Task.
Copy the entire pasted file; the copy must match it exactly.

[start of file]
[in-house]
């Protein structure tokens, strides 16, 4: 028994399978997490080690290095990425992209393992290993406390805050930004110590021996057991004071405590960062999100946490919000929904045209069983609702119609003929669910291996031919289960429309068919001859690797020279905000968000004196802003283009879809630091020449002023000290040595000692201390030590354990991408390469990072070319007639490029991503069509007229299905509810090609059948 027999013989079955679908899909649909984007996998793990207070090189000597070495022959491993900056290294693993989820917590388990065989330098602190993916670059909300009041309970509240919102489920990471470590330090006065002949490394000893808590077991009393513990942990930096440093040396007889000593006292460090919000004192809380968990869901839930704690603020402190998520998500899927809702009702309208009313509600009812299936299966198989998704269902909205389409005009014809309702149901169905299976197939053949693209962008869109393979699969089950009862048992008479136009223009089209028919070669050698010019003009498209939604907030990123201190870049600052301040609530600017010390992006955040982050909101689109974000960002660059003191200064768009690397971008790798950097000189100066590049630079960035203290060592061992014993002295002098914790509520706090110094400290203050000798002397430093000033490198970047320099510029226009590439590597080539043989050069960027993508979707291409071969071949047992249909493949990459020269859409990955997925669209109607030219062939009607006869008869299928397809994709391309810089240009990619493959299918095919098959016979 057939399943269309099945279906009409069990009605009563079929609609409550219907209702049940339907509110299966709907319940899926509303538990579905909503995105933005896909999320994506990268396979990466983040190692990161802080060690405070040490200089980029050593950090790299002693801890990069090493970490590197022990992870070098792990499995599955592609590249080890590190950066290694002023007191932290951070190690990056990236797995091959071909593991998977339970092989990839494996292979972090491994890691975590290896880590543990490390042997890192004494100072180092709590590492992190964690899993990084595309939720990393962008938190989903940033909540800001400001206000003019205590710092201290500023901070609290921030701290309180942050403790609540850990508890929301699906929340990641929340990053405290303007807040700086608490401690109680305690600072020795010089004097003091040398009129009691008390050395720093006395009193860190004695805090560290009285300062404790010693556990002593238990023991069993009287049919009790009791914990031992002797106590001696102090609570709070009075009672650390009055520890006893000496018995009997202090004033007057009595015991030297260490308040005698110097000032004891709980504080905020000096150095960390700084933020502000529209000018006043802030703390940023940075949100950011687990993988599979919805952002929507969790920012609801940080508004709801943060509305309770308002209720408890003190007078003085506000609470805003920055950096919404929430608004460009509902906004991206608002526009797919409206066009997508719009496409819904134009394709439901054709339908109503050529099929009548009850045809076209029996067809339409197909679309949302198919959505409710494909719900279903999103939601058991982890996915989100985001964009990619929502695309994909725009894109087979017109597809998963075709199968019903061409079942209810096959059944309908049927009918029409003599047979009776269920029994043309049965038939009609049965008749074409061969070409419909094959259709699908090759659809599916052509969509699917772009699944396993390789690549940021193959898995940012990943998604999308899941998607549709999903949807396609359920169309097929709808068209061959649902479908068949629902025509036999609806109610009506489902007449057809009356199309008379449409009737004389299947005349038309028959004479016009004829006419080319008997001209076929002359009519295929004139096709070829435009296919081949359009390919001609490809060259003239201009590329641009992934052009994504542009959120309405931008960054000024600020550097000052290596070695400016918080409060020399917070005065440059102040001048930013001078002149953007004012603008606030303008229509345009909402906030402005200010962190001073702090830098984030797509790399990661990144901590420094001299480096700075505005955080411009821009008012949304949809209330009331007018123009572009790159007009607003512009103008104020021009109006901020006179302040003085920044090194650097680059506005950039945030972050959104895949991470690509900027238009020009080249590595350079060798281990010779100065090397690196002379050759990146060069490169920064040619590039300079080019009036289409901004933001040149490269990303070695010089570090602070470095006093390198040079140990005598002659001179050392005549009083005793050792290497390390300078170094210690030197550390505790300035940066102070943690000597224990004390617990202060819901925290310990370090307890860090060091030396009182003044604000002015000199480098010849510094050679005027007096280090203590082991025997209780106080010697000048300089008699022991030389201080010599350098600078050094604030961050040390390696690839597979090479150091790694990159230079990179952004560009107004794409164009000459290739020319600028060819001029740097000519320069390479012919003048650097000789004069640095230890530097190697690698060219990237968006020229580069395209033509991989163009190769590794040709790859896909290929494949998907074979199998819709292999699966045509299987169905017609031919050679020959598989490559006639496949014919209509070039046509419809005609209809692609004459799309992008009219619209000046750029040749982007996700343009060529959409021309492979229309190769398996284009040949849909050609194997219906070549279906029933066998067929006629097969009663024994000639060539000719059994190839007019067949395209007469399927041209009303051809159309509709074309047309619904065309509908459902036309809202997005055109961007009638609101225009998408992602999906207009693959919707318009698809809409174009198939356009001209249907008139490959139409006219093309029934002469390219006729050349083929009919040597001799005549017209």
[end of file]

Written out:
[in-house]
């Protein structure tokens, strides 16, 4: 028994399978997490080690290095990425992209393992290993406390805050930004110590021996057991004071405590960062999100946490919000929904045209069983609702119609003929669910291996031919289960429309068919001859690797020279905000968000004196802003283009879809630091020449002023000290040595000692201390030590354990991408390469990072070319007639490029991503069509007229299905509810090609059948 027999013989079955679908899909649909984007996998793990207070090189000597070495022959491993900056290294693993989820917590388990065989330098602190993916670059909300009041309970509240919102489920990471470590330090006065002949490394000893808590077991009393513990942990930096440093040396007889000593006292460090919000004192809380968990869901839930704690603020402190998520998500899927809702009702309208009313509600009812299936299966198989998704269902909205389409005009014809309702149901169905299976197939053949693209962008869109393979699969089950009862048992008479136009223009089209028919070669050698010019003009498209939604907030990123201190870049600052301040609530600017010390992006955040982050909101689109974000960002660059003191200064768009690397971008790798950097000189100066590049630079960035203290060592061992014993002295002098914790509520706090110094400290203050000798002397430093000033490198970047320099510029226009590439590597080539043989050069960027993508979707291409071969071949047992249909493949990459020269859409990955997925669209109607030219062939009607006869008869299928397809994709391309810089240009990619493959299918095919098959016979 057939399943269309099945279906009409069990009605009563079929609609409550219907209702049940339907509110299966709907319940899926509303538990579905909503995105933005896909999320994506990268396979990466983040190692990161802080060690405070040490200089980029050593950090790299002693801890990069090493970490590197022990992870070098792990499995599955592609590249080890590190950066290694002023007191932290951070190690990056990236797995091959071909593991998977339970092989990839494996292979972090491994890691975590290896880590543990490390042997890192004494100072180092709590590492992190964690899993990084595309939720990393962008938190989903940033909540800001400001206000003019205590710092201290500023901070609290921030701290309180942050403790609540850990508890929301699906929340990641929340990053405290303007807040700086608490401690109680305690600072020795010089004097003091040398009129009691008390050395720093006395009193860190004695805090560290009285300062404790010693556990002593238990023991069993009287049919009790009791914990031992002797106590001696102090609570709070009075009672650390009055520890006893000496018995009997202090004033007057009595015991030297260490308040005698110097000032004891709980504080905020000096150095960390700084933020502000529209000018006043802030703390940023940075949100950011687990993988599979919805952002929507969790920012609801940080508004709801943060509305309770308002209720408890003190007078003085506000609470805003920055950096919404929430608004460009509902906004991206608002526009797919409206066009997508719009496409819904134009394709439901054709339908109503050529099929009548009850045809076209029996067809339409197909679309949302198919959505409710494909719900279903999103939601058991982890996915989100985001964009990619929502695309994909725009894109087979017109597809998963075709199968019903061409079942209810096959059944309908049927009918029409003599047979009776269920029994043309049965038939009609049965008749074409061969070409419909094959259709699908090759659809599916052509969509699917772009699944396993390789690549940021193959898995940012990943998604999308899941998607549709999903949807396609359920169309097929709808068209061959649902479908068949629902025509036999609806109610009506489902007449057809009356199309008379449409009737004389299947005349038309028959004479016009004829006419080319008997001209076929002359009519295929004139096709070829435009296919081949359009390919001609490809060259003239201009590329641009992934052009994504542009959120309405931008960054000024600020550097000052290596070695400016918080409060020399917070005065440059102040001048930013001078002149953007004012603008606030303008229509345009909402906030402005200010962190001073702090830098984030797509790399990661990144901590420094001299480096700075505005955080411009821009008012949304949809209330009331007018123009572009790159007009607003512009103008104020021009109006901020006179302040003085920044090194650097680059506005950039945030972050959104895949991470690509900027238009020009080249590595350079060798281990010779100065090397690196002379050759990146060069490169920064040619590039300079080019009036289409901004933001040149490269990303070695010089570090602070470095006093390198040079140990005598002659001179050392005549009083005793050792290497390390300078170094210690030197550390505790300035940066102070943690000597224990004390617990202060819901925290310990370090307890860090060091030396009182003044604000002015000199480098010849510094050679005027007096280090203590082991025997209780106080010697000048300089008699022991030389201080010599350098600078050094604030961050040390390696690839597979090479150091790694990159230079990179952004560009107004794409164009000459290739020319600028060819001029740097000519320069390479012919003048650097000789004069640095230890530097190697690698060219990237968006020229580069395209033509991989163009190769590794040709790859896909290929494949998907074979199998819709292999699966045509299987169905017609031919050679020959598989490559006639496949014919209509070039046509419809005609209809692609004459799309992008009219619209000046750029040749982007996700343009060529959409021309492979229309190769398996284009040949849909050609194997219906070549279906029933066998067929006629097969009663024994000639060539000719059994190839007019067949395209007469399927041209009303051809159309509709074309047309619904065309509908459902036309809202997005055109961007009638609101225009998408992602999906207009693959919707318009698809809409174009198939356009001209249907008139490959139409006219093309029934002469390219006729050349083929009919040597001799005549017209």